Four teachers from Utah determined to make the cross-country trek to Rochester to research together. What a wonderful experience we had. Not only was it motivating to meet so many teachers from so many areas of the country, we each were able to clarify and answer the questions we arrived with and discuss the highlights of the experience with each other.

(Hard copy photo of O'Hare Airport in Chicago on the way to Rochester , from left to right: Cleo Ann Brimhall, Suzanne Snow, Billie Tuttle, and Nila Ledesma)

What did I learn generally from this most recent research session? If I narrowed it to one point it would be “Be still.” There is too much busy-ness. Sometimes it is our minds that are too busy and we cannot focus on just the one issue at hand. Sometimes it is our hands that are too busy and we cannot move freely at the keyboard. Sometimes it is our lives that are too busy and we cannot focus on the things that really matter to us. Isn’t it amazing how one concept can have such a universal feel to it? When we teach, there is a tendency to be "busy" doing too many things. I was impressed at the workshop that there was always time – time to go over the point with MANY repetitions in order to make it really internalized. Be Still and Take the Time to do it correctly. Not so much busy-ness during the lesson.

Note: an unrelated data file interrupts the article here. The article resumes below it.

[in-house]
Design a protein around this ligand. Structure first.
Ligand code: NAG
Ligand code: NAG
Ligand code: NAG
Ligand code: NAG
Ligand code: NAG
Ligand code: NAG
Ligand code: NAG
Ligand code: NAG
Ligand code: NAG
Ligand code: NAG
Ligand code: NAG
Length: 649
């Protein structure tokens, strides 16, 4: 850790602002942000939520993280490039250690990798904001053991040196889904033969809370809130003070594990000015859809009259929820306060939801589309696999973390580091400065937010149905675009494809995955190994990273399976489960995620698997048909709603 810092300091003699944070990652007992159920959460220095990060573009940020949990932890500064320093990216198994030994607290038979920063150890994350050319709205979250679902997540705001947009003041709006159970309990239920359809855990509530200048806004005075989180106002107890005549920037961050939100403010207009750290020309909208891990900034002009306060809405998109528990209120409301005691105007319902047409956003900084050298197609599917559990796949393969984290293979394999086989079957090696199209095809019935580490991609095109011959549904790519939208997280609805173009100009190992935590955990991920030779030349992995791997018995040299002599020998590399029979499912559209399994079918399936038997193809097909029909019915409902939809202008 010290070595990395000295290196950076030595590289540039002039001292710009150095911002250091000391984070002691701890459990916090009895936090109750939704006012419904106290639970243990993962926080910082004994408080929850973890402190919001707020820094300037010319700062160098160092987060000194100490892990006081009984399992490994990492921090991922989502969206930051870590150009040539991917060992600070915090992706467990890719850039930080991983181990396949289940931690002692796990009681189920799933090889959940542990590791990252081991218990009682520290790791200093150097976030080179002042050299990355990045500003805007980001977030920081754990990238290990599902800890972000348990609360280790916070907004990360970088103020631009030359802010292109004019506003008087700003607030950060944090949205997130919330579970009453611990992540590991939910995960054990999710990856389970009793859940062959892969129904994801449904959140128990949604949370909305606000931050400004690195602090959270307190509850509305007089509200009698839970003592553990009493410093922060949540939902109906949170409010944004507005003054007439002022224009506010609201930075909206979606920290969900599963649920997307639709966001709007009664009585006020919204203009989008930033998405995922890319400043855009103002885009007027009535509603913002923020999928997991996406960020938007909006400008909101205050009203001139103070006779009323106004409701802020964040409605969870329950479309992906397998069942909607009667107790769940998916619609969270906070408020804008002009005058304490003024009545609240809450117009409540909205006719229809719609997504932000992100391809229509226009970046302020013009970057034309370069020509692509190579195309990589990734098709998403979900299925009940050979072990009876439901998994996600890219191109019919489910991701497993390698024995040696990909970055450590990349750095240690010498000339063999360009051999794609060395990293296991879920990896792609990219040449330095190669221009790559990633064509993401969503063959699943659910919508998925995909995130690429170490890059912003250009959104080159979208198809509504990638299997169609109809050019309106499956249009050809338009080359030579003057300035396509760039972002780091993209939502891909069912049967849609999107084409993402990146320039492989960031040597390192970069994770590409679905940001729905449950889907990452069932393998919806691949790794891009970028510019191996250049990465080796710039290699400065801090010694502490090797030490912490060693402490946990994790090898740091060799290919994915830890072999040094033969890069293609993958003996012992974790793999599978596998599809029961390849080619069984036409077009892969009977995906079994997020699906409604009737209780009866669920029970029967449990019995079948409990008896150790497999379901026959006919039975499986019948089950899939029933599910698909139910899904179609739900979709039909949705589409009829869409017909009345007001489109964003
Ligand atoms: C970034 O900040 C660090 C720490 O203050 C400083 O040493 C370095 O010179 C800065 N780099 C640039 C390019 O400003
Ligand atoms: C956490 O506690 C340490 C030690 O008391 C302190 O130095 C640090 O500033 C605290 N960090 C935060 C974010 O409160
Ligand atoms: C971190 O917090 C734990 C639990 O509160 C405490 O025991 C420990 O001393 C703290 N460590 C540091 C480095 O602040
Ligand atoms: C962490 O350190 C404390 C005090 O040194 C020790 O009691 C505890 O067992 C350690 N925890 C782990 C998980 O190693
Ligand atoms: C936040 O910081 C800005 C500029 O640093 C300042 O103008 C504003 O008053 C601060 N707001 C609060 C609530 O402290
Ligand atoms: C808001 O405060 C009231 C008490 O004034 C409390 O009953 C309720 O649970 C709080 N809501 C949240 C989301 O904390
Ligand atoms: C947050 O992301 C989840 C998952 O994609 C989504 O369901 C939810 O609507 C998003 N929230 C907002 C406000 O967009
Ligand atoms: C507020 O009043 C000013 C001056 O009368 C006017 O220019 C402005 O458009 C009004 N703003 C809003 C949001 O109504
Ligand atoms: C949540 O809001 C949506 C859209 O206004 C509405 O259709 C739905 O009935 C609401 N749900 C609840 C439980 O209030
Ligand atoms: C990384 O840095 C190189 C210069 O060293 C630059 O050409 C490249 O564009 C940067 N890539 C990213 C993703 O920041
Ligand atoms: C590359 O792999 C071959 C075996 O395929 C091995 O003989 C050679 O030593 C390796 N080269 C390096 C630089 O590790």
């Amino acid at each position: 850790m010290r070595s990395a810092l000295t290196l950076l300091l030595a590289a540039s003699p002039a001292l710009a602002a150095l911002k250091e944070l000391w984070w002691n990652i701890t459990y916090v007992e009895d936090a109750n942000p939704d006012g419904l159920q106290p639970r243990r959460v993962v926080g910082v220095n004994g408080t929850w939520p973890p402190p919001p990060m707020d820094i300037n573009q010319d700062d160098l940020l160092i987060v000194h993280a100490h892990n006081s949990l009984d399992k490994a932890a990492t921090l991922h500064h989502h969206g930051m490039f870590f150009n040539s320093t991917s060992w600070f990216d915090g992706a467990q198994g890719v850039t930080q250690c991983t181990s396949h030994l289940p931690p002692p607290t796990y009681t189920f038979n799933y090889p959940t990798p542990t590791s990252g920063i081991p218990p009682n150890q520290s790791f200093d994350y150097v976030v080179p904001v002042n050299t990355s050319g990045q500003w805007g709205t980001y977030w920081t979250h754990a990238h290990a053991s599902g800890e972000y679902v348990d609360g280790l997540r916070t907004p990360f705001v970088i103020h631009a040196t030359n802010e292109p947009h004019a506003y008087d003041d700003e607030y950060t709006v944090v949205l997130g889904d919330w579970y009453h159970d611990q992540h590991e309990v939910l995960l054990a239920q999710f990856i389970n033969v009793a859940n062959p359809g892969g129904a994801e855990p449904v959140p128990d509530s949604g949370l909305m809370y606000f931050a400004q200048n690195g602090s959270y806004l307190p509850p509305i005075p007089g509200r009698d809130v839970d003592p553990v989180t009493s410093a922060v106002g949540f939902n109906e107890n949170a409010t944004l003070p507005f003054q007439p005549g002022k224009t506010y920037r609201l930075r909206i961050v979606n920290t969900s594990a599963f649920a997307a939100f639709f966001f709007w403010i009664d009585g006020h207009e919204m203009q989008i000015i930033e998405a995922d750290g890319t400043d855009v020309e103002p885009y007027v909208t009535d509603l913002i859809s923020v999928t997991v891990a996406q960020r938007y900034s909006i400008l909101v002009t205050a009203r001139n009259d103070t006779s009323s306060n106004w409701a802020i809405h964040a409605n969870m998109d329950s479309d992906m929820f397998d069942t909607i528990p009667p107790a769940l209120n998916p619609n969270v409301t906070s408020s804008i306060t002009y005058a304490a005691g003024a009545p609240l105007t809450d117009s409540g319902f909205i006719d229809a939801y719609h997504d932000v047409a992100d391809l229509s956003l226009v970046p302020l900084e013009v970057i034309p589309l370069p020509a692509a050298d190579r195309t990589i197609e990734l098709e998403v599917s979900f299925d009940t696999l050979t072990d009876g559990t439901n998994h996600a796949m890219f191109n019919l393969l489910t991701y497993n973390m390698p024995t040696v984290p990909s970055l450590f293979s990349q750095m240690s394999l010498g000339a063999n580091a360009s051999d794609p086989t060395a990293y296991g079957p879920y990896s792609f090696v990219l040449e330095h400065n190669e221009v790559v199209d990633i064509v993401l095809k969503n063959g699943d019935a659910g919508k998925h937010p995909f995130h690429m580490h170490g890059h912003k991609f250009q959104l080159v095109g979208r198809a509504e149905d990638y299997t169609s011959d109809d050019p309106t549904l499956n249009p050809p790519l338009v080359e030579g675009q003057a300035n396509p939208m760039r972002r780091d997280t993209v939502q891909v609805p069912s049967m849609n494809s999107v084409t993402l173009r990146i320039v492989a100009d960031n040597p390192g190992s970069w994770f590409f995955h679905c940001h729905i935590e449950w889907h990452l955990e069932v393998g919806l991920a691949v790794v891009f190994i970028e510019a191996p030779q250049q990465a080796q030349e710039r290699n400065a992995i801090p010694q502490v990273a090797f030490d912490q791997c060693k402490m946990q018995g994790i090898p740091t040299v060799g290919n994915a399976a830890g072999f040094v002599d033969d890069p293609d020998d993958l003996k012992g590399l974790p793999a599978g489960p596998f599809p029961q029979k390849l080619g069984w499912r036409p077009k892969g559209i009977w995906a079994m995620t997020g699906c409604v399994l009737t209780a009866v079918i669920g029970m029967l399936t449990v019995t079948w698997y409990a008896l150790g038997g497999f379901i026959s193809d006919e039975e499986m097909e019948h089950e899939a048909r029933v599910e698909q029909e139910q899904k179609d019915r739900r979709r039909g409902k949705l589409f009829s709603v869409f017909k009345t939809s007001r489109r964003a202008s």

What did I learn personally? How often did Sensei tell me that I was smart and understood things very quickly, BUT I did not take the time to put them into my body. It goes along with the busy-ness. I came to the workshop feeling that I knew what I would encounter for my lesson, the performance, and everything. And then when it came time to do it – guess what? My mind knew very well and my body failed me. Big surprise? It was just a real wake-up call.